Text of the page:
I'm taking integral calculus at the moment. I was understanding everything quite well until we started learning about finding volume of a solid of revolution. I understand the concept, but practicing it has been stressful to say the least.

I think if there was an app that takes a function and its boundaries, to then rotate about some axis for me then I would have a much better time understanding how to inspect what things like inner/outer radius, height, etc might be. Plus, I'd like to have very nice image examples to import into my digital notes so that I can review my notes and get a much better grasp of what's happening.

Is there any such tool I could use?

  • $\begingroup$ Most computer algebra systems can do this. For example, see Sage's documentation doc.sagemath.org/html/en/reference/plot3d/sage/plot/plot3d/… $\endgroup$
    – Adam
    Commented May 24, 2020 at 14:34
  • $\begingroup$ Not what you asked for, but the detailed definite integral set-ups I posted for my students and others back on 23 February 2003 might be of use, maybe for practice purposes. $\endgroup$ Commented May 24, 2020 at 17:00
  • $\begingroup$ @DaveLRenfro That might help me out. I can integrate without a problem, but it's the setup for applications I struggle with. I'll check that out soon $\endgroup$
    – Lex_i
    Commented May 24, 2020 at 17:44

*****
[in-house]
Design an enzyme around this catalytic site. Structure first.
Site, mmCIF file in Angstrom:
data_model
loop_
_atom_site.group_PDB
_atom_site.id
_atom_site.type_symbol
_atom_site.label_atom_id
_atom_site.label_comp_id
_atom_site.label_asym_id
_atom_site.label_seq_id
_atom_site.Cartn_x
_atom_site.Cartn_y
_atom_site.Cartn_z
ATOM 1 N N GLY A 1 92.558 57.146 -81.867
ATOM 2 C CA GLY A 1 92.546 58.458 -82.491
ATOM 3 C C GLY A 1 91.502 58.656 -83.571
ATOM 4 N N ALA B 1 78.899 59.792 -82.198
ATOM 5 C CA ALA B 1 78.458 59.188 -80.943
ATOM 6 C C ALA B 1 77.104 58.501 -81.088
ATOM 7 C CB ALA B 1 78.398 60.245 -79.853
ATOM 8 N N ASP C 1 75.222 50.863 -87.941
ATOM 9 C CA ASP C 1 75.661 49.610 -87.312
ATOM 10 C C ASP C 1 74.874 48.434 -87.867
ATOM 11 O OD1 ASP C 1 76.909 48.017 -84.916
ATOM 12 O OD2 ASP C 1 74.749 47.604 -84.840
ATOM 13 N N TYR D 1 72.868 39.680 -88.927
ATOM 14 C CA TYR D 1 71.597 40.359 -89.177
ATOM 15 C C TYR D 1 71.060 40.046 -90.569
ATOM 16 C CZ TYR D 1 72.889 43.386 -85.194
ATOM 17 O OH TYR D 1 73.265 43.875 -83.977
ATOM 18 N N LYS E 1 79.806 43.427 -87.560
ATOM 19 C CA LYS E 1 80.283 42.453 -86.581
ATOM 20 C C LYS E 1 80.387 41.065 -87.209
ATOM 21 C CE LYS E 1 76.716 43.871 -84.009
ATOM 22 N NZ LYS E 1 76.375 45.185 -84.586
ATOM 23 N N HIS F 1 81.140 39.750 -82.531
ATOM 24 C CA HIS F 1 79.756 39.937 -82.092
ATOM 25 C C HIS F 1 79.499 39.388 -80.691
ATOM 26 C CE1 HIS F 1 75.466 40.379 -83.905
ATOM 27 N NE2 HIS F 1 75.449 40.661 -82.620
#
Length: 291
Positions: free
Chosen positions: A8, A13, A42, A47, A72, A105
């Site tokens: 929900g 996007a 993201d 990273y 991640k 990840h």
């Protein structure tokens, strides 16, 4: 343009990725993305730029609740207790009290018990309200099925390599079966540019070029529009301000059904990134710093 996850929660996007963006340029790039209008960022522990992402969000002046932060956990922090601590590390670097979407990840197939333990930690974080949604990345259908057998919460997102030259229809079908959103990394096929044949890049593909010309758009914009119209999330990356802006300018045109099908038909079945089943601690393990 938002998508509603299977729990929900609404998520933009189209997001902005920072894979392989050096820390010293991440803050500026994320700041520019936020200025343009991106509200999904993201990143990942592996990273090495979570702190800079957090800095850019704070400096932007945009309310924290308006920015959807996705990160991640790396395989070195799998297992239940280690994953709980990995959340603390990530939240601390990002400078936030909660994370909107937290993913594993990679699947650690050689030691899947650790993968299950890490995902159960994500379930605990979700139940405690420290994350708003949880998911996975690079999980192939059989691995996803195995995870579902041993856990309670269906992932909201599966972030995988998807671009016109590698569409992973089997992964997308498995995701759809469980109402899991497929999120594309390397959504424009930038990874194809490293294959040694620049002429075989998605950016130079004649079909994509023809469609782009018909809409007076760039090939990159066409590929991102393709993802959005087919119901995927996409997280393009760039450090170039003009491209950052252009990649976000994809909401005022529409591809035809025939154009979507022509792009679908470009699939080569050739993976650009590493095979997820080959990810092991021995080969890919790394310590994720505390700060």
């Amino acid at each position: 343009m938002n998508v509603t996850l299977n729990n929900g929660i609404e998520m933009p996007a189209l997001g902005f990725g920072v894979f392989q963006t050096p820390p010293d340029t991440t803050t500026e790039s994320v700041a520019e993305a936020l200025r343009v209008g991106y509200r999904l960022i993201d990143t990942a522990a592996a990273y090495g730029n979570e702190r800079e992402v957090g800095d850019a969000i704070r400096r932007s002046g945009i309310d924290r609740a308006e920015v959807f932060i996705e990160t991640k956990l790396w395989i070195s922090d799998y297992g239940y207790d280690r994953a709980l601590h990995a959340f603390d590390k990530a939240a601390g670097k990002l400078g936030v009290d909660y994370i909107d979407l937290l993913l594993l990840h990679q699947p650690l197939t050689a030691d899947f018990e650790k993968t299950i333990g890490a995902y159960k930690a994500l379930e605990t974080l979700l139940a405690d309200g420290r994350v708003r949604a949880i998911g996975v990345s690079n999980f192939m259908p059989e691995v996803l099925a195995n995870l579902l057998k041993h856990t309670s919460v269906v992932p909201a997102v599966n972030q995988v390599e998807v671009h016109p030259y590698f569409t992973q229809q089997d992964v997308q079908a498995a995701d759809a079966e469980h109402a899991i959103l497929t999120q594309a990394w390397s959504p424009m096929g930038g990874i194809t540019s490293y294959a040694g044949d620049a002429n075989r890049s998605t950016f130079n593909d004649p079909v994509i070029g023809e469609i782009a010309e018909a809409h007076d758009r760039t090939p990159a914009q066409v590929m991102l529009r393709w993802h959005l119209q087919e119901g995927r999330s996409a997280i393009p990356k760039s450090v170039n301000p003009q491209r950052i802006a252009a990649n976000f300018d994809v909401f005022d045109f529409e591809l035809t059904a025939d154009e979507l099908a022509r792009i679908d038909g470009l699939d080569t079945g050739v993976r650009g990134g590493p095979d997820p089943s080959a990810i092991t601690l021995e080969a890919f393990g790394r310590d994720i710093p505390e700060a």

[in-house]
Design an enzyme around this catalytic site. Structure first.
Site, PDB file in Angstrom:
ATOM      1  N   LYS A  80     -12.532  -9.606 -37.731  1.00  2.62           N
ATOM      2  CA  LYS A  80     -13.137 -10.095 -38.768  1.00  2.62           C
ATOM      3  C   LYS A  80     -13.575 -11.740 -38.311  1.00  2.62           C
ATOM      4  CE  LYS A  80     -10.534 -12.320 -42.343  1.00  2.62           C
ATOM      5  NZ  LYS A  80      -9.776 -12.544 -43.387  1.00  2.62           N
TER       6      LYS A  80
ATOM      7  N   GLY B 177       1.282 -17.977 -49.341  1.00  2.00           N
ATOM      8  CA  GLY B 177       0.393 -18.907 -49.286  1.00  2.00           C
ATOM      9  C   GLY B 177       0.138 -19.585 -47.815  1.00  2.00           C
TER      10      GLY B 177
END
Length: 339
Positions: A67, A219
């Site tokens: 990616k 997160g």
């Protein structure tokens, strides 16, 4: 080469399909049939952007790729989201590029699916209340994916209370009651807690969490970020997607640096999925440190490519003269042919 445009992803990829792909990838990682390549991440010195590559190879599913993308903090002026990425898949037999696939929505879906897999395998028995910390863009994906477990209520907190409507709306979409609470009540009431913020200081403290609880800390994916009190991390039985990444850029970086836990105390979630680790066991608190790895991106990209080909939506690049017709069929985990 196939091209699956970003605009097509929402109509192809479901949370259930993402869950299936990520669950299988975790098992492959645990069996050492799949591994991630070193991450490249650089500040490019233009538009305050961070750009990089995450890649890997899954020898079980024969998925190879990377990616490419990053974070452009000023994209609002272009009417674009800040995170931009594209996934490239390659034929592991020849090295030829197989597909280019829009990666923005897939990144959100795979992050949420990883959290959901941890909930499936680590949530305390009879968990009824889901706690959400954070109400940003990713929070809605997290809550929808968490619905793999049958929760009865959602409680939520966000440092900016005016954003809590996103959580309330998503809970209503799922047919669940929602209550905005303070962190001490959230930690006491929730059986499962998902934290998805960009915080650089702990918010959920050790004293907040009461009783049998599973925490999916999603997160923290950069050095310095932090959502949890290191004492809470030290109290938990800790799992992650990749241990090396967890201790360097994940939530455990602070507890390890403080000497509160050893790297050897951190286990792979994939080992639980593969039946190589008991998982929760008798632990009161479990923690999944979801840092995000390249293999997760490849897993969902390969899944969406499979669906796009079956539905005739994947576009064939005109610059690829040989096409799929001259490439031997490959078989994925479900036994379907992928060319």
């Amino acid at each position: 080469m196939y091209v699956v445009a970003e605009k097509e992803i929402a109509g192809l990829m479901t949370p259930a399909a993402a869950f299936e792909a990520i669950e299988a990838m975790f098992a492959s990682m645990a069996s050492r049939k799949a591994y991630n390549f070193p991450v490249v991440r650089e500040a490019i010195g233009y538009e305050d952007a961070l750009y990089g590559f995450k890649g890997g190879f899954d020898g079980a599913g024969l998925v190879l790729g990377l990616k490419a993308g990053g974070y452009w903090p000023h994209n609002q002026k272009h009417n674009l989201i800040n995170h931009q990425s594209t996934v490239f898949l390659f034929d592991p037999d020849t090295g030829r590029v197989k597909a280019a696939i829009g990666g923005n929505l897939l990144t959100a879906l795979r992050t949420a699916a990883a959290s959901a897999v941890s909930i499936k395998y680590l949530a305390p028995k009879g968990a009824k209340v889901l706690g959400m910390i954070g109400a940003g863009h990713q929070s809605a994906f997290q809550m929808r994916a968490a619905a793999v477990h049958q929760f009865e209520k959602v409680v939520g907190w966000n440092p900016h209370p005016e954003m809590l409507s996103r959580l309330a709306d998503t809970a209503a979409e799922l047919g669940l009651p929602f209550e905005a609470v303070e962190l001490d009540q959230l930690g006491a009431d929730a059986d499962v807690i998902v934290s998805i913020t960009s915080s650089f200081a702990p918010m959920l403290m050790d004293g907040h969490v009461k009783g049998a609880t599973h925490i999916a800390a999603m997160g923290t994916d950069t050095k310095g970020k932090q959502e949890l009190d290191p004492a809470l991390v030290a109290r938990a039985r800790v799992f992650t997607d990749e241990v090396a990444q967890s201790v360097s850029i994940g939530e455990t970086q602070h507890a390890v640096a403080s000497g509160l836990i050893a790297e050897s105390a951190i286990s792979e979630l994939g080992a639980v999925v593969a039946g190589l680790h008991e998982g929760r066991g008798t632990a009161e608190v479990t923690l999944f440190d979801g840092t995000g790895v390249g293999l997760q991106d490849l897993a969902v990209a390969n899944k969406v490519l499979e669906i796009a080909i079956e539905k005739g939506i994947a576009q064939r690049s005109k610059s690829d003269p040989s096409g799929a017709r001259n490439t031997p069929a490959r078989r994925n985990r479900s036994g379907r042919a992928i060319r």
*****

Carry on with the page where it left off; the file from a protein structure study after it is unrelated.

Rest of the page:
• $\begingroup$ If you're interested, I can send you a .pdf of one of these (or one that is very similar; I'm not sure if it's exactly the same as one of those) worked out with 2-dimensional sketches that I would use in class to show how to set up the integrals. You can find my email address here. $\endgroup$ Commented May 24, 2020 at 18:53

2 Answers 2


I suggest Geogebra. There are some great conceptual activities there that will help you with volume. My favorite creator is Tim Brezezinski. The following link will take you to an activity that does what you want:


For a wider range of activities that look at volume of many kinds in depth you can go to https://www.geogebra.org/m/YpqytNph#chapter/163298 which is part of his Geogebra calculus "book"


You seem like a real go getter, so I would suggest learning a real language that will generate some nice graphs and is going to come in handy down the line. Maybe try Python?

I made you a little starter notebook for solids of revolution here:


You should get an idea of how to generate a 3d plot with Python here.


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